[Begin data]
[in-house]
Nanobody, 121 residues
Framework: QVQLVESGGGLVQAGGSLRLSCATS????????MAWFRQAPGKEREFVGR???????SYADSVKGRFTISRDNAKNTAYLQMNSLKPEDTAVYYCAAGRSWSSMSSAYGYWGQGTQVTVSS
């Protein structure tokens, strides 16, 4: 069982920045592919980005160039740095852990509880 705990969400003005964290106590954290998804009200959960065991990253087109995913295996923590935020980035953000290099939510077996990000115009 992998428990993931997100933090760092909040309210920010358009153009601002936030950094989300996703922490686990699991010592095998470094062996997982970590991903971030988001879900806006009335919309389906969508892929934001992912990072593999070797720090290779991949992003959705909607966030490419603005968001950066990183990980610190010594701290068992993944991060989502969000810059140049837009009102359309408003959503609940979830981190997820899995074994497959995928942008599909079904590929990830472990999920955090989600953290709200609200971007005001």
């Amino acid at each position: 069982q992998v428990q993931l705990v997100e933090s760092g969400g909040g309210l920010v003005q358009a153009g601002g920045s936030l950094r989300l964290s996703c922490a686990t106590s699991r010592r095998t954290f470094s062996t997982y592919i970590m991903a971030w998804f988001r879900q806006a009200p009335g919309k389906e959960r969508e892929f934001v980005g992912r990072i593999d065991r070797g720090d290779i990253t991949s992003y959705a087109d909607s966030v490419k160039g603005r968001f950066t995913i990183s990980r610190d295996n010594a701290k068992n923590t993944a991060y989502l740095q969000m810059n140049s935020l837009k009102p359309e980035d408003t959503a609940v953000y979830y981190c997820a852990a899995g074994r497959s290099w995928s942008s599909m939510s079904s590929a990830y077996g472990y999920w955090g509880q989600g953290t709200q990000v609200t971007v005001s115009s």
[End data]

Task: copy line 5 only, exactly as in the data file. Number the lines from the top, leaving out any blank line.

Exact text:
């Amino acid at each position: 069982q992998v428990q993931l705990v997100e933090s760092g969400g909040g309210l920010v003005q358009a153009g601002g920045s936030l950094r989300l964290s996703c922490a686990t106590s699991r010592r095998t954290f470094s062996t997982y592919i970590m991903a971030w998804f988001r879900q806006a009200p009335g919309k389906e959960r969508e892929f934001v980005g992912r990072i593999d065991r070797g720090d290779i990253t991949s992003y959705a087109d909607s966030v490419k160039g603005r968001f950066t995913i990183s990980r610190d295996n010594a701290k068992n923590t993944a991060y989502l740095q969000m810059n140049s935020l837009k009102p359309e980035d408003t959503a609940v953000y979830y981190c997820a852990a899995g074994r497959s290099w995928s942008s599909m939510s079904s590929a990830y077996g472990y999920w955090g509880q989600g953290t709200q990000v609200t971007v005001s115009s």